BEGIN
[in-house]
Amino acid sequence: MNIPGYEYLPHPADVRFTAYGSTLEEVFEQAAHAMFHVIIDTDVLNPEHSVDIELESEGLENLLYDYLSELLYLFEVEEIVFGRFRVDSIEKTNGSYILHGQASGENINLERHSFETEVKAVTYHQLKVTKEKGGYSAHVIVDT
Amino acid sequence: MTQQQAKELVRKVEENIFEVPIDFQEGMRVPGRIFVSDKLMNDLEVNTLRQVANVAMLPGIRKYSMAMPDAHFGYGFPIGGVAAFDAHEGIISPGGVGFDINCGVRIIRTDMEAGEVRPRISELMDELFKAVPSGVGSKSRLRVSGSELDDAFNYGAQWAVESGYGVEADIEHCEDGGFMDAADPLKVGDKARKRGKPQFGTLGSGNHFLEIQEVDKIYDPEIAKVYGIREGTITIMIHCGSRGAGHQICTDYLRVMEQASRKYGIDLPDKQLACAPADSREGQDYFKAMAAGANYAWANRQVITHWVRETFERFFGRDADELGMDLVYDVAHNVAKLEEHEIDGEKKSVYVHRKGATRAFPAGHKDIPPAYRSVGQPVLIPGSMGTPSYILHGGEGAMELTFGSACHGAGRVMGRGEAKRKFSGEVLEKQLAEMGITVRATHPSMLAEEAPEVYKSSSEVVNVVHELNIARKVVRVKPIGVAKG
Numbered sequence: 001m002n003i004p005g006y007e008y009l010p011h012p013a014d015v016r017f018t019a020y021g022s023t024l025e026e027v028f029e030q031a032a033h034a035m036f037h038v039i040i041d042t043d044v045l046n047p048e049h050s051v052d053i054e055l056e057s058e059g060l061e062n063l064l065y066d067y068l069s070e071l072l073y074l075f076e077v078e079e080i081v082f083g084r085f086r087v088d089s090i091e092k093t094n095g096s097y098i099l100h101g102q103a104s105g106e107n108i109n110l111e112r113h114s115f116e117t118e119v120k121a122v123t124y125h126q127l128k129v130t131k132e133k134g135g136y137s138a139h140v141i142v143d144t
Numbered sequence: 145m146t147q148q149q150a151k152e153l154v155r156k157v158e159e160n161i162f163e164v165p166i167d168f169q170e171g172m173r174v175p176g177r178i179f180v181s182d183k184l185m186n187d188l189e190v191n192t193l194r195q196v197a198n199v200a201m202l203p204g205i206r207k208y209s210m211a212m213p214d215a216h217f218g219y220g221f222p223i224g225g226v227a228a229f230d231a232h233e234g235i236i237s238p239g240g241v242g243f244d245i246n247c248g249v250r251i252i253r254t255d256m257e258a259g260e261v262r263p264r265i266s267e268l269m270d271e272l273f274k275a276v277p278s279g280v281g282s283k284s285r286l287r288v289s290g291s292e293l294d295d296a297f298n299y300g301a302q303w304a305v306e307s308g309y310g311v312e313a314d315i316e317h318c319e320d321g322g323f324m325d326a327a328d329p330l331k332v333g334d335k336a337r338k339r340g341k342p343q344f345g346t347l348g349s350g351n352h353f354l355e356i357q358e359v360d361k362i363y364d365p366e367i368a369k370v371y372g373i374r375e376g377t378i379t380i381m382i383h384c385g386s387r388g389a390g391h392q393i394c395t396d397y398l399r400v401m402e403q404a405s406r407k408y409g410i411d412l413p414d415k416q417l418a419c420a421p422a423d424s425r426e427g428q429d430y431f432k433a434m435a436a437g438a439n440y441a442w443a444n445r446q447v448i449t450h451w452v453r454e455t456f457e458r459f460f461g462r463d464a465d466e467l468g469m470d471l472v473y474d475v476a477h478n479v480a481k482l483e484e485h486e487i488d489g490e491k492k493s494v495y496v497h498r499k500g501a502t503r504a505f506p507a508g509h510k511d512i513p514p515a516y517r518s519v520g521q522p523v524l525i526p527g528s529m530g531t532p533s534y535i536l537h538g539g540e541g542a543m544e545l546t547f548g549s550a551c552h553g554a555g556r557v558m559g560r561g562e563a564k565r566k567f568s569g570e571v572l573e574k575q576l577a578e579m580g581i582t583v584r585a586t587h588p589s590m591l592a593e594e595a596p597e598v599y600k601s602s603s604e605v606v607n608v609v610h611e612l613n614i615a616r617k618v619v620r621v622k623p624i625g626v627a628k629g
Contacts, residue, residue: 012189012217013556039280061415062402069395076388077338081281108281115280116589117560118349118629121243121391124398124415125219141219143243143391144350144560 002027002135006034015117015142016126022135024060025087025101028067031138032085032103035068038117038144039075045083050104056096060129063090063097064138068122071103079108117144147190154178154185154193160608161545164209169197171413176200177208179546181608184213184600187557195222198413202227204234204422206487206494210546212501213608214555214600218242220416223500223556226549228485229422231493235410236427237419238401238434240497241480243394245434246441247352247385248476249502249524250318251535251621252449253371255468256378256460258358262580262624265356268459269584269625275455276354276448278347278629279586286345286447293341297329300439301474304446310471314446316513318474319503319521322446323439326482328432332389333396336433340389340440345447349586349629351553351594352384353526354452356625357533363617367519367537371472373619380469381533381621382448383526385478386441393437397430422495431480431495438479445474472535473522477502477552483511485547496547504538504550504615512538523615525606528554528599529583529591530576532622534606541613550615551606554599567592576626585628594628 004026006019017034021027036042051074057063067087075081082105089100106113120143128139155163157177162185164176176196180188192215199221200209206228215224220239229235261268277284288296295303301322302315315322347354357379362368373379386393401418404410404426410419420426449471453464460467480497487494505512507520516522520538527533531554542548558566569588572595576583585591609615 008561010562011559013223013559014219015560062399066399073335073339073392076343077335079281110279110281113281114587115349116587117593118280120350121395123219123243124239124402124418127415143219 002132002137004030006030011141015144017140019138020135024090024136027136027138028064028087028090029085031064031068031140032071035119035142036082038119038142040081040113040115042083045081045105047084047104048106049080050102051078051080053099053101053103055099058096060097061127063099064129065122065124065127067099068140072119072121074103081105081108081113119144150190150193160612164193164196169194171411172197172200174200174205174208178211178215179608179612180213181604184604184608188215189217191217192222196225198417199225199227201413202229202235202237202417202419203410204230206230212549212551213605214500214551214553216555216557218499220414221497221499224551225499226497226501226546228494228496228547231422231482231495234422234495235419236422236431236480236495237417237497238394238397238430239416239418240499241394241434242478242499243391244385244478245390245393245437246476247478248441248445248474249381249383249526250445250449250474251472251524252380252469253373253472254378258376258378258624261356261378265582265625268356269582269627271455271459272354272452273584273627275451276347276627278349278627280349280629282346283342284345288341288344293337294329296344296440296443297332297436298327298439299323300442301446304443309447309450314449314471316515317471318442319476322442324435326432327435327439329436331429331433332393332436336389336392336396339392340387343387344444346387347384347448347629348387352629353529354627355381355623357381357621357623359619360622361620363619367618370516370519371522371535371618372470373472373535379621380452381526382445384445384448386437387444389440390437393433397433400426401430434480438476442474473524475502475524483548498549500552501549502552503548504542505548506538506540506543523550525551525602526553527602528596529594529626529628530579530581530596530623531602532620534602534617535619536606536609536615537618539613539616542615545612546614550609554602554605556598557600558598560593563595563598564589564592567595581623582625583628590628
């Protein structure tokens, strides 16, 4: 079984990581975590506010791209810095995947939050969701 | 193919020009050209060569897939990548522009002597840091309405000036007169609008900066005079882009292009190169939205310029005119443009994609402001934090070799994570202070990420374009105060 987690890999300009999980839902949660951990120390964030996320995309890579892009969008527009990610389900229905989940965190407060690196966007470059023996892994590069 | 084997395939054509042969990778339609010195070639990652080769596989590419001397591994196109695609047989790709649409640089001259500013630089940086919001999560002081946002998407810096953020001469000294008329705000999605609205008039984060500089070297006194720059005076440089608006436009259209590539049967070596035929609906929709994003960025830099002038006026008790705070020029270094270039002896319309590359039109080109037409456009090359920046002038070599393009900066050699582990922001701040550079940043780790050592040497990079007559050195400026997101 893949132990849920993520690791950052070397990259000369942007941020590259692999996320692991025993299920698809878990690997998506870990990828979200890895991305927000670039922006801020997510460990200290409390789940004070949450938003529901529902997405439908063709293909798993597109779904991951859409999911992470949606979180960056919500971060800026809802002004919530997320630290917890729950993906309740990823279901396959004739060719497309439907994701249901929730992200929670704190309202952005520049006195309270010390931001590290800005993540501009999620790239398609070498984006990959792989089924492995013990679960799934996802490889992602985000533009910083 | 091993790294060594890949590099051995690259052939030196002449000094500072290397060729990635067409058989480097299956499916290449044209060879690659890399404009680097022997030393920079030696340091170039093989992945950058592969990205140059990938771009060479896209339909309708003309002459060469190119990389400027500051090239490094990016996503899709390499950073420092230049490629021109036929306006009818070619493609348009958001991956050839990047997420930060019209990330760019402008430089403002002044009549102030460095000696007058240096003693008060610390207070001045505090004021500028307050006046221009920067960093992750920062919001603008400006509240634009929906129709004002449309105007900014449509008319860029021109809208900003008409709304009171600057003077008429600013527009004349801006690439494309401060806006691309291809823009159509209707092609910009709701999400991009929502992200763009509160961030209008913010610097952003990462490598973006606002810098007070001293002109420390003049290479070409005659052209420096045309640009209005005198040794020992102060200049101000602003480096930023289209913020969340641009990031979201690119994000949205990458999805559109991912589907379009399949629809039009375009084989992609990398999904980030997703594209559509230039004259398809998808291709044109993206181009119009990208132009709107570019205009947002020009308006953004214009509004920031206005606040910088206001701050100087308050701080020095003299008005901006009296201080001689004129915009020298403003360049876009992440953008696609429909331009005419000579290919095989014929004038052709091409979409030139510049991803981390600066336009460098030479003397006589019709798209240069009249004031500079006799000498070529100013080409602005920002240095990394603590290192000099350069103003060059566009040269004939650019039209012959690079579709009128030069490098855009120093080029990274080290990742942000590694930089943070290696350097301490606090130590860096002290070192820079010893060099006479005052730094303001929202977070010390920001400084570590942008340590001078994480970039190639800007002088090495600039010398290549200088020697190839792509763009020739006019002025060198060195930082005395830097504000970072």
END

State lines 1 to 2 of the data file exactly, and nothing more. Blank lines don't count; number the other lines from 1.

[in-house]
Amino acid sequence: MNIPGYEYLPHPADVRFTAYGSTLEEVFEQAAHAMFHVIIDTDVLNPEHSVDIELESEGLENLLYDYLSELLYLFEVEEIVFGRFRVDSIEKTNGSYILHGQASGENINLERHSFETEVKAVTYHQLKVTKEKGGYSAHVIVDT